This rare archival footage finds everyone’s favorite on a hot July night in Jersey amidst its final summer tour, just under a month before the much-acclaimed King Biscuit Flower Hour set at the Carter Baron Amphitheatre in Washington, D.C. Sure, the track list is basically the same as that show—the Band throws in a couple of extra cuts this night—but this is a video of an entire performance. It’s a nearly flawless one at that, save some early feedback and a rough spot in the mix during “Forbidden Fruit.” No frills, no special guests, just the band at peak live powers transmitted through the haze of aging film and tape. Titans in the clouds. Reminding us again that we should say our prayers to the Band before we go to sleep, and that Rick Danko will always be the scrappiest dog in the fight. words / j steele - AquariumDrunkard.com
Rick Danko will always be the scrappiest dog in the fight: 10:15—17:10
City Slickers II: The Legend of Curly’s Gold came out in the summer of 1994, and all I can remember about it is that when I saw it with my family in an empty dollar theater that doesn’t exist anymore my stepfather tried to smoke a cigarette inside the theater and had to be reprimanded.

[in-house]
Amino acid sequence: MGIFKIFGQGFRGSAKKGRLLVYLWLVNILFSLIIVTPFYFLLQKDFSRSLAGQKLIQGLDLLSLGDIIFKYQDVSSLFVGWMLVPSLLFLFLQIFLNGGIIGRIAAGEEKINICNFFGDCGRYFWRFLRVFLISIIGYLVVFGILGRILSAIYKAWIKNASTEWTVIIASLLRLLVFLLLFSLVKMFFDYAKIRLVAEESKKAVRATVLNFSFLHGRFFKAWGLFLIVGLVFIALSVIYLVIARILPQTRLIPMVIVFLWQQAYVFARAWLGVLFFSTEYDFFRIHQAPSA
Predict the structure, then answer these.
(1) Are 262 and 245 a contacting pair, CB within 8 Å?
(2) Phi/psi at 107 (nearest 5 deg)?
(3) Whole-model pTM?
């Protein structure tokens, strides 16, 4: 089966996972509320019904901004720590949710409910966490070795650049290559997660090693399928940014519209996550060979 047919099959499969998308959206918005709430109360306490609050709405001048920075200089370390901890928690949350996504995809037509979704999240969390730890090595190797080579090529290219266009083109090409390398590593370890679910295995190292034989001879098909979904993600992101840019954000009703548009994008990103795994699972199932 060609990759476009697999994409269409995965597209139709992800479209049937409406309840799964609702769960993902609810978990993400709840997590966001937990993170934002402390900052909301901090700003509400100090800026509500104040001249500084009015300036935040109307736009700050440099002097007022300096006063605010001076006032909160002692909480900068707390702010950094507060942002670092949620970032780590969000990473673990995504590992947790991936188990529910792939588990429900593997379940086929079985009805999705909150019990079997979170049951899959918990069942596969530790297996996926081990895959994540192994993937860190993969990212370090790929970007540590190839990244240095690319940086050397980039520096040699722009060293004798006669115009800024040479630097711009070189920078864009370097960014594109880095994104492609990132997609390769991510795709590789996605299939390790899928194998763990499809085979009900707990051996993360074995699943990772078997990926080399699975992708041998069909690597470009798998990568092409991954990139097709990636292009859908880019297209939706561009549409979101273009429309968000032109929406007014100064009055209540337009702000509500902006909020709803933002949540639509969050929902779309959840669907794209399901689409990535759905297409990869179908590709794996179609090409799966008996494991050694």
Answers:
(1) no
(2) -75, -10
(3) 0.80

Cut to: five or six years ago, and I’m at my friend Sean’s house late one night and CS2 comes on, and for whatever reason we don’t immediately change the channel, and we witness an early scene, the one that sets up the movie: Billy Crystal’s character is getting ready to make love to his wife, and while she’s in the bathroom psyching herself up to fuck Billy Crystal, he shucks off his shirt in preparation, and I remember thinking at the time holy shit Billy Crystal is weirdly buff.
Now, from that time five or six years ago to present, I have on more than one occasion told people about this scene in this movie, stressing how weird it was that Billy Crystal was all sexy and cut. I spent more time than was really necessary wondering if he was always in shape, or if he knew because the movie would call for him to be shirtless he went out and got a trainer, or some combination of the two. I would tell people about this scene, and I’d try to find photographic evidence, but no matter how many times I’d Google sexy Billy Crystal, nothing would show up.
Well, finally my prayers were answered. I was at another friend’s house recently, and with something coming dangerously close to glee I saw that City Slickers II was coming on, and so we sat through the first ten minutes or so of the movie so that I could gather some proof.
Now, the real problem here is this: I realized after seeing it most recently that Billy Crystal, while he’s not in bad shape in any way in this scene, he’s nowhere near as ripped as I remember him being when I saw it five or six years ago—in my memory of the scene it was like whenever Willie from The Simpsonsrips his shirt off, or the horrifying spectacle of Carrot Top. However, when you actually watch the scene you see that while he’s in perfectly good shape, he’s not anywhere near the chiseled Adonis you would expect from the way I’d described it. You can even see that he’s sort of sucking his stomach in a little bit.